Russia’s Foreign Ministry on September 25 slammed remarks by Armenian Prime Minister Nikol Pashinian that were critical of Moscow, saying they "include unacceptable outbursts addressed against Russia and can spark nothing but rejection."
Pashinian had said in a televised address that Yerevan's involvement in "the external security systems" -- referring to Armenia’s membership in the Russian-led Collective Security Treaty Organization (CSTO) -- "are not effective" for Armenia's interests.
Pashinian and many Armenians blame Russia -- which traditionally has served as Armenia's protector in the region -- for failing to use its peacekeeping force to protect ethnic Armenians in Azerbaijan’s mostly Armenian-populated breakaway region of Nagorno-Karabakh.
"Multiple cases of terror against the Armenian population of Nagorno-Karabakh, illegal blocking of the Lachin Corridor, and Azerbaijan's September 19 attack against Nagorno-Karabakh have raised serious questions about goals and motives of the Russian Federation’s peacekeeping contingent in Nagorno-Karabakh," Pashinian said.
He warned that Baku and Russian peacekeepers will be fully responsible if "ethnic cleansing" follows Baku's final victory over the separatist forces in the breakaway region.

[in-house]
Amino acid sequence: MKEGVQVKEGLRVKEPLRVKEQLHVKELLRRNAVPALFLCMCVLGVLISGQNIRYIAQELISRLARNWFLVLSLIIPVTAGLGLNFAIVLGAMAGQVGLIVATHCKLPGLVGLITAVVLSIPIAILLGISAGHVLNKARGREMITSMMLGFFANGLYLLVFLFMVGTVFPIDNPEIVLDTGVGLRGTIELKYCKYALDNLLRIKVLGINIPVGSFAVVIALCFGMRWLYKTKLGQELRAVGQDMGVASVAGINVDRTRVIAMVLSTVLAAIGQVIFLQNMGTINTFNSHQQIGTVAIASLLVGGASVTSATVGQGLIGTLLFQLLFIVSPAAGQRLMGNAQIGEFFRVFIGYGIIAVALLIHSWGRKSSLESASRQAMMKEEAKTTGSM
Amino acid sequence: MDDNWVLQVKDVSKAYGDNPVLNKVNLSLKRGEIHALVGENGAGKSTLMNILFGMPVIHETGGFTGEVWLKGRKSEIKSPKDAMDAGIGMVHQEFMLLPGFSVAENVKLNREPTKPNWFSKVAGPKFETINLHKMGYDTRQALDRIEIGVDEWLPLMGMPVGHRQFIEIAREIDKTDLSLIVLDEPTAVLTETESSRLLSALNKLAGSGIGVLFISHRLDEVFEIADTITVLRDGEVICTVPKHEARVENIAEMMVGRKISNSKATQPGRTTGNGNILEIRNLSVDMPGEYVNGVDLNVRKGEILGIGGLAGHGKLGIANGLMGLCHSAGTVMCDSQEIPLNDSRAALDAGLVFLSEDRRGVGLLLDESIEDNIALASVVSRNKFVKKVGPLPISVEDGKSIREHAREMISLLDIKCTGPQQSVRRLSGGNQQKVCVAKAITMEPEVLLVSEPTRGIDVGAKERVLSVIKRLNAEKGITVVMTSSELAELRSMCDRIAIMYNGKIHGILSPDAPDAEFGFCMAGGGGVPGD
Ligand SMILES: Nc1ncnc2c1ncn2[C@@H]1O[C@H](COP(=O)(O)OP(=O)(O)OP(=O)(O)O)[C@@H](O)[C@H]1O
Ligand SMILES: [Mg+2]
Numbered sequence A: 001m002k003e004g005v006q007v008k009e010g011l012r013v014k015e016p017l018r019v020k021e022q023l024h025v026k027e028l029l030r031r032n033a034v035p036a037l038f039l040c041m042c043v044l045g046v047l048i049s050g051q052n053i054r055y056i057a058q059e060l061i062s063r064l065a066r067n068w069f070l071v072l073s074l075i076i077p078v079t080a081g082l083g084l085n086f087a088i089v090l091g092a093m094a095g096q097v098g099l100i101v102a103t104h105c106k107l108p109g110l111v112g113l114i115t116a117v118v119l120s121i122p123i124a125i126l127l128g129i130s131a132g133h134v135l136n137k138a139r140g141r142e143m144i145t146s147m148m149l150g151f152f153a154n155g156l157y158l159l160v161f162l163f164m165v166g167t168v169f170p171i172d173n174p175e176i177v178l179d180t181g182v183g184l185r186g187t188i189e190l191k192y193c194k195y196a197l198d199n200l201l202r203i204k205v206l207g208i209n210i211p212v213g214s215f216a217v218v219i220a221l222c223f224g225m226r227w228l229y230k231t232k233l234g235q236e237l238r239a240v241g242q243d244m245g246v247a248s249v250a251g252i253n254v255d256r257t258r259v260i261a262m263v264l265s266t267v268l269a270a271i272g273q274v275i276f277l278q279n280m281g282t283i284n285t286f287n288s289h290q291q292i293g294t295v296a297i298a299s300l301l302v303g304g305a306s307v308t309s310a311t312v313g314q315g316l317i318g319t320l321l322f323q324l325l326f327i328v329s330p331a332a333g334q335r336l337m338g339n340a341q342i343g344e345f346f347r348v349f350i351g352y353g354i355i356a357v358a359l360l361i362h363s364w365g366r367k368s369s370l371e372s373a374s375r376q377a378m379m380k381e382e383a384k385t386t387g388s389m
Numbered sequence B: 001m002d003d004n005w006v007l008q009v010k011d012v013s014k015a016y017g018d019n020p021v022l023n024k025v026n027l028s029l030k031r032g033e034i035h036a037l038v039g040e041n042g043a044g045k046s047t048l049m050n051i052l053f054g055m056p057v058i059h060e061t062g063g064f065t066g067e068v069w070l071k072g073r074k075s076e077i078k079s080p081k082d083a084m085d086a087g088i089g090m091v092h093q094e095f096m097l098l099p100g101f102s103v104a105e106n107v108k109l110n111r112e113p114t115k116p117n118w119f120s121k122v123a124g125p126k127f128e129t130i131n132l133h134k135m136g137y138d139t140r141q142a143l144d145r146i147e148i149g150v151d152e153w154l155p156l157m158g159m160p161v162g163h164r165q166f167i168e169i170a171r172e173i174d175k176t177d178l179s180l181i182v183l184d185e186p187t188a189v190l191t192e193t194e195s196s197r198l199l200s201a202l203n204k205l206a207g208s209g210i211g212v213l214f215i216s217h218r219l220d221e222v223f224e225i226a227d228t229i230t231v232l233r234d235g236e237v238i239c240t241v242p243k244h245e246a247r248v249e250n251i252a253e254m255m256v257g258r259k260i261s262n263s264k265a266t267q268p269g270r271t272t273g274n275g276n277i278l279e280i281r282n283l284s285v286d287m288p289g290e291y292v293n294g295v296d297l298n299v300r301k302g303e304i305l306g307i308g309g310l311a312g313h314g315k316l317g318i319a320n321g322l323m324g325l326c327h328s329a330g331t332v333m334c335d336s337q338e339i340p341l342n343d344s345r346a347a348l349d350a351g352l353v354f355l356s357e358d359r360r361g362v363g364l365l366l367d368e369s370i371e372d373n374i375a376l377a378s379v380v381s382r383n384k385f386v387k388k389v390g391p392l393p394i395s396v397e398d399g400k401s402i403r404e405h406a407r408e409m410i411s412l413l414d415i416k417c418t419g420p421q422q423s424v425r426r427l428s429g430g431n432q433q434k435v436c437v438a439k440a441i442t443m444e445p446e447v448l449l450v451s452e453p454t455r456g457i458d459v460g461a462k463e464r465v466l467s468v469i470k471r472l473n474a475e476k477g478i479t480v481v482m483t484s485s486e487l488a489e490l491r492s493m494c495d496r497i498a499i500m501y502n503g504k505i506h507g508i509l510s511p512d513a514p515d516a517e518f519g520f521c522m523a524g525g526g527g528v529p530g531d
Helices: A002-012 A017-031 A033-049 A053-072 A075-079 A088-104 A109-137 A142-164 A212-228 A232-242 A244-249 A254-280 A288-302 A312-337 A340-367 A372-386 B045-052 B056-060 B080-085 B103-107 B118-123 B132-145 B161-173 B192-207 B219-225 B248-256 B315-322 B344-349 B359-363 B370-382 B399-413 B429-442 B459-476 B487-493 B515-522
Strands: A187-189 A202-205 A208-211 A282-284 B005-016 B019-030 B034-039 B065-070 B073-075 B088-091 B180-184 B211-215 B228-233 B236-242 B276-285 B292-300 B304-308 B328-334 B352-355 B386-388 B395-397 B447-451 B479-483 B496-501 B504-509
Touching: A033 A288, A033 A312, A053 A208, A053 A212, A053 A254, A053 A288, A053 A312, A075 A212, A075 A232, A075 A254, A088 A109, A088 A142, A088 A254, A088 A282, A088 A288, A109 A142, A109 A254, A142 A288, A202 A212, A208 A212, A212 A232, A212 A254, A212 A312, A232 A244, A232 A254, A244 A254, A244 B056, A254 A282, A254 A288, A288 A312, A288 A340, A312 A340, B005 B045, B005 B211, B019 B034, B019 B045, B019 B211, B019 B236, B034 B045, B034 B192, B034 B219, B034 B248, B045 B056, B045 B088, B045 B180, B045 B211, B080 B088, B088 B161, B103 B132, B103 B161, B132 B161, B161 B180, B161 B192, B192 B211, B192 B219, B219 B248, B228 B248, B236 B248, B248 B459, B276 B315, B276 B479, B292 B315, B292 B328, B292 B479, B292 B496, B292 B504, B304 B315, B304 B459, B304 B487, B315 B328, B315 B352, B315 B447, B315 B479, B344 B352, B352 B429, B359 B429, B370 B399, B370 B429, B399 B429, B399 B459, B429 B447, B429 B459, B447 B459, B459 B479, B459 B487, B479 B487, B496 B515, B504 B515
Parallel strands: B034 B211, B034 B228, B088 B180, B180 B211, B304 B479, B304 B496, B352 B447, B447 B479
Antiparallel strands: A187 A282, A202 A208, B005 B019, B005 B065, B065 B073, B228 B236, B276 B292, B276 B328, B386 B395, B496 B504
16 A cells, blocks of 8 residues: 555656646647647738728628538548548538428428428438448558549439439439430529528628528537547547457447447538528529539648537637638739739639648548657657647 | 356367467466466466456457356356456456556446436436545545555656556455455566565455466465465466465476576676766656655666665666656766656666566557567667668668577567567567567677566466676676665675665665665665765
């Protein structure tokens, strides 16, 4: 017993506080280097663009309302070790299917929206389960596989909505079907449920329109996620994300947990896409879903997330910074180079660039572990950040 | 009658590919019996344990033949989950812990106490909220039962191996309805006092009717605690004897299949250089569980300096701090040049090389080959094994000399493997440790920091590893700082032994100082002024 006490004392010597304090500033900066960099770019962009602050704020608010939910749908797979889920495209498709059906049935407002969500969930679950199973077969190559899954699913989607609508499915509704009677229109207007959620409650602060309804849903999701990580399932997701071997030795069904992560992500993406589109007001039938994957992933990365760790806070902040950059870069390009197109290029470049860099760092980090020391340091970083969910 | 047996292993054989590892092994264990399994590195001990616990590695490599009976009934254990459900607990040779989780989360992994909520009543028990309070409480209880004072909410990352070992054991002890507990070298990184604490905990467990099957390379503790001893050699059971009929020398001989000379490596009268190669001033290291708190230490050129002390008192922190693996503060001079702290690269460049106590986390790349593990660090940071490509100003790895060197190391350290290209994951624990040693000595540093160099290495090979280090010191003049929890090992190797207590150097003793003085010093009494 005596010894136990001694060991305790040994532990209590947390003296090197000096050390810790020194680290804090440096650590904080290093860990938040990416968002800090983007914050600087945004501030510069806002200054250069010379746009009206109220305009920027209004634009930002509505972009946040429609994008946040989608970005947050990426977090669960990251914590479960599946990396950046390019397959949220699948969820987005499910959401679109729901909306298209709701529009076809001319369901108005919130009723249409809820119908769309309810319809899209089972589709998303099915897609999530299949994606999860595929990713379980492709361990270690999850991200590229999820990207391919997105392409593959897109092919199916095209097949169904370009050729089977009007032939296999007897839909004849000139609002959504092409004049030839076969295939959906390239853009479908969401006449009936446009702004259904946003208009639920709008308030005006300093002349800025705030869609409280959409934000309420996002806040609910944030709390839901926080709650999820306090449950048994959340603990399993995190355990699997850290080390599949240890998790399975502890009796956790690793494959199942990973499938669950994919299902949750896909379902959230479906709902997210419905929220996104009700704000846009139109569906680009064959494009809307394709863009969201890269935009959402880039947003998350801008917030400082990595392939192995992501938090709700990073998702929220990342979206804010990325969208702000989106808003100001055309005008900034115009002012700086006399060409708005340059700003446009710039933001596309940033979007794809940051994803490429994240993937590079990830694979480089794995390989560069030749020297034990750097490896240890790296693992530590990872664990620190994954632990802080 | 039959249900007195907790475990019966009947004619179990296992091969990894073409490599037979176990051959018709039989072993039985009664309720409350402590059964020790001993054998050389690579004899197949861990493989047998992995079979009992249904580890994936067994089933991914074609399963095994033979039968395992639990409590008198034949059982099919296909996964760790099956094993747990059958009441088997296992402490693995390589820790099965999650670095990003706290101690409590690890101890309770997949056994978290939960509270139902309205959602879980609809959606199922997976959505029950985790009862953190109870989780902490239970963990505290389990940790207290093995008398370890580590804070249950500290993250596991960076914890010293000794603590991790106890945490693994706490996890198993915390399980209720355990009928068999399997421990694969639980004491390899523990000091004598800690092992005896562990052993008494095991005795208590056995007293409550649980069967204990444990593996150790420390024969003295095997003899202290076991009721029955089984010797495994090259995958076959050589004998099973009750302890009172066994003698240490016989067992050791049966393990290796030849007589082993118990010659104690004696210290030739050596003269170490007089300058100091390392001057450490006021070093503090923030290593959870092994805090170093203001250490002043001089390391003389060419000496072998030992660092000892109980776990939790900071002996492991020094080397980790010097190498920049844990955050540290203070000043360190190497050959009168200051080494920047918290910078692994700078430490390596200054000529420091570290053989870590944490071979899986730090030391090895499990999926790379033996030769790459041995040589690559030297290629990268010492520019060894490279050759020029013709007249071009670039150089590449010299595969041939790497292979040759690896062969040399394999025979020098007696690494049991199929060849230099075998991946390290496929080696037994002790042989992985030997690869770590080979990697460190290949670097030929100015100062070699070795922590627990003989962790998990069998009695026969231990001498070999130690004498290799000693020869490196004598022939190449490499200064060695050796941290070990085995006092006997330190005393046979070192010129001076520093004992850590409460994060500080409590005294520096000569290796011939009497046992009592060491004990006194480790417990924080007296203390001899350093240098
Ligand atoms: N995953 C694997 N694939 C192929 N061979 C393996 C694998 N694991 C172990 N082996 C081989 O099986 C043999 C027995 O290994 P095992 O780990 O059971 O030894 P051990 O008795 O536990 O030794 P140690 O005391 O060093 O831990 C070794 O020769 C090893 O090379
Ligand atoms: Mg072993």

Russia’s Foreign Ministry in a statement rejected Pashinian’s remarks, calling them "an attempt to evade responsibility for failures in domestic and foreign policies" and blaming Armenian leadership of "steps to give Armenia's development a new, Western direction."
"The leadership in Yerevan is making a big mistake by deliberately trying to destroy Armenia's multifaceted and centuries-old ties with Russia, and by holding the country hostage to the geopolitical games of the West," the ministry said.
The statement also said all allegations that ongoing protests in Yerevan demanding Pashinian's resignation have links to Russia "have nothing to do with the reality."
Yerevan said on September 25 that more than 6,000 ethnic Armenians had left Nagorno-Karabakh for Armenia after Baku asserted control over the region last week following what Baku called "anti-terrorist measures of local character."
The military operation was halted on September 20 after Nagorno-Karabakh's separatist leadership accepted a cease-fire proposal by the Russian peacekeeping mission, RFE/RL reports.